Should you worry that Canada’s bank are on credit watch?

Yes. Because their troubles end up in higher costs for the rest of us.

February 3, 2013

TORONTO, ON, Feb. 3, 2013/ Troy Media/ – In the past few weeks each of the bond rating agencies revealed they had Canada’s ‘Big Five’ banks on ‘watch’, meaning the agencies are reassessing the creditworthiness of the bonds these banks issue to fund the lending they do.

Does this mean that Canada’s banks are headed down the same road as Britain’s Northern Rock or Royal Bank of Scotland (two banks that had runs on them and had to be nationalized)? Are they about to collapse the way American banks suddenly do – or is the federal government going to have to suddenly come up with a few spare trillion dollars to bail out the system and keep it running, the way deadbeat operations like the New York banks were?

Relax. Our banks are not in that kind of trouble.

However, Canadians are missing the bigger picture.

All our major financial institutions are far more complex than we think they are.

All of them have major subsidiaries outside the country. New England, chunks of New York State and the Atlantic states are the home of TD. RBC is big in the old Confederacy states; BMO owns a good chunk of banking in the American Midwest. The Bank of Nova Scotia has always played a leading banking role in the Caribbean islands. CIBC and CIBC World Markets, its investment banking arm, are as prominent in downtown Manhattan as Goldman Sachs.

In other words, these banks can get into trouble not because of their Canadian business but because of worries in other countries.

That trouble will show up here in Canada (assuming one of them is given a downgrade) as higher interest rates on mortgages, home equity lines of credit, loans tied to ‘prime rate’, and the like. It may also show up as changes in credit card rates. It will cost them more to raise the money to keep lending and that will be reflected in the rates Canadians pay.

The other side of the coin is that if the demand for borrowing slackens – and it has been, as reflected by real estate markets – then the banks’ income may fall, which for those holding bank dividend-paying stock can mean lower investment returns.

Fortunately, the banks have backstopped their subsidiaries well enough to ensure that, even if Americans went plumb crazy and started runs on their banks, their U.S. operations wouldn’t take down their Canadian parent operations.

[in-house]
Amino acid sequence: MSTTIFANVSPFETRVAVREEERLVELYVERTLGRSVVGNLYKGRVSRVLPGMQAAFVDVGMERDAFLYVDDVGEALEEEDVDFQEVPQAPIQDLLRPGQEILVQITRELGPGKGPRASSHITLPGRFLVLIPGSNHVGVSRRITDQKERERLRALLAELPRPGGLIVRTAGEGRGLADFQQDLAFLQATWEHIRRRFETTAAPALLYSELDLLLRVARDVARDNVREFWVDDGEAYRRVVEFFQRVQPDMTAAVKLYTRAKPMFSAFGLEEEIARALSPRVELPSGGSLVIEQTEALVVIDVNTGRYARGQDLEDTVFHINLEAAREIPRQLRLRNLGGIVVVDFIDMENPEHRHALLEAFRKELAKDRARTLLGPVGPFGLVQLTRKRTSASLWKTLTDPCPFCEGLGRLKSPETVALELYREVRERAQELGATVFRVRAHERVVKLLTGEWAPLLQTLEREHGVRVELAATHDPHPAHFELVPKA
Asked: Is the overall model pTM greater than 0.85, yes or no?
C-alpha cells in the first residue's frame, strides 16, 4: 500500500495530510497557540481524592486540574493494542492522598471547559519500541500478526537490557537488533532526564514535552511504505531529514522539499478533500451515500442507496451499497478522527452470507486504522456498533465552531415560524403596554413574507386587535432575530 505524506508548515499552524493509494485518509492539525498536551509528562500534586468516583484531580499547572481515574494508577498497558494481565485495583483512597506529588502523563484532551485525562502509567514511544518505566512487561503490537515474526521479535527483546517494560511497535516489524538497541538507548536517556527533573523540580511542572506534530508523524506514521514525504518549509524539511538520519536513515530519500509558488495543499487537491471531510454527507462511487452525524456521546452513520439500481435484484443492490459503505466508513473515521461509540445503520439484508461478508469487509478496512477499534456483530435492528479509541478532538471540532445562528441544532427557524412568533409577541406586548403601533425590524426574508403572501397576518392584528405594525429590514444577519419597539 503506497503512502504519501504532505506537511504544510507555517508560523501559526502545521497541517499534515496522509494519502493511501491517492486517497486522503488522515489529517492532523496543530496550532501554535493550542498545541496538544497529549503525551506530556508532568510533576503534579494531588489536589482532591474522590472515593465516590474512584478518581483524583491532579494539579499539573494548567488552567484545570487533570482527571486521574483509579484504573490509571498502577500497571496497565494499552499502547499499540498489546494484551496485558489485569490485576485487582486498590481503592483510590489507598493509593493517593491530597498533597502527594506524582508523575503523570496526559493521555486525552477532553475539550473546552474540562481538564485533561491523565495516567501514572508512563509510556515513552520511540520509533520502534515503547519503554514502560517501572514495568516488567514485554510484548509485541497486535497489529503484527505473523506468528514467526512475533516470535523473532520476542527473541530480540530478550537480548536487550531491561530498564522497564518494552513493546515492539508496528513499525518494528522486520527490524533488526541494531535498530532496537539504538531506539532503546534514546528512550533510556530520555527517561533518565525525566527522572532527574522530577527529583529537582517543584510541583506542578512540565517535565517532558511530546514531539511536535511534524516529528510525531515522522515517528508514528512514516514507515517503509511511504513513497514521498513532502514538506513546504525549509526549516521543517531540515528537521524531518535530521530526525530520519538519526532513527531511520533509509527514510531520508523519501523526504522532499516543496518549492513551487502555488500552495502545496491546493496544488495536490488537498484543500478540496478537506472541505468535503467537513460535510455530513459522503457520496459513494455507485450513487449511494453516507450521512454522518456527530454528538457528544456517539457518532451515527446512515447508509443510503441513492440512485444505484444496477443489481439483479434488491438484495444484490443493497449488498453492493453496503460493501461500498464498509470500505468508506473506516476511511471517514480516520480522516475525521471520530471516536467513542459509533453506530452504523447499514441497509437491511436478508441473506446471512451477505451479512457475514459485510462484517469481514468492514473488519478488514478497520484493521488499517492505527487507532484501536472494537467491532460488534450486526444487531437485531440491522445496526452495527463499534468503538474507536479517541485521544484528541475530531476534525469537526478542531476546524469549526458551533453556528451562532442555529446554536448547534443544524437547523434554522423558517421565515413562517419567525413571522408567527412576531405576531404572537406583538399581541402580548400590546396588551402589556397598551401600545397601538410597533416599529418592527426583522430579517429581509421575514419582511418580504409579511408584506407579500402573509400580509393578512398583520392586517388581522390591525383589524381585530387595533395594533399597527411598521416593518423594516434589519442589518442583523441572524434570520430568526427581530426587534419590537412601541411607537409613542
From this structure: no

Still, as Canadians, we might want to use this moment to look at our own personal balance sheets and consider the future.

Interest rates, frankly, have only one way to go – up.

It may be sooner if it’s driven by the bond rating agencies and it may be later if they stay their hand – then the Bank of Canada will then come back into play.

But the last few years of near zero interest rates will end. Canadians counting on interest income on their retirement funds to supplement their pensions will say ‘about time!’ as will the pension fund managers.

Canadian banks are already seeing steady slow increases in the cost of placing their bonds. And because a lot of bonds are placed worldwide, only so much capital is available to buy them. There is only one way for the banks to outbid, say, the profligate Ontario Government, and that is to offer higher interest.

Can you afford interest rates to rise on the debt you hold? Far too many of us really can’t tolerate such increases.

Remember, every company you deal with routinely uses operating lines of credit. As their costs go up, the prices of their goods and services are likely to rise as well.

That’s one reason why companies are sitting on so much cash: the so-called ‘dead money’ Bank of Canada Governor Mark Carney is so dead set against. It represents their insurance policy for higher rates, just like your personal one is called ‘pay the debt off’ and ‘free up monthly cash flow to cover increasing costs’.

If you treat 2013 as a year to exercise caution and discipline, you’ll find 2014 and beyond a much nicer place to be.

Troy Media Columnist Bruce Stewart is a management consultant located in Toronto.

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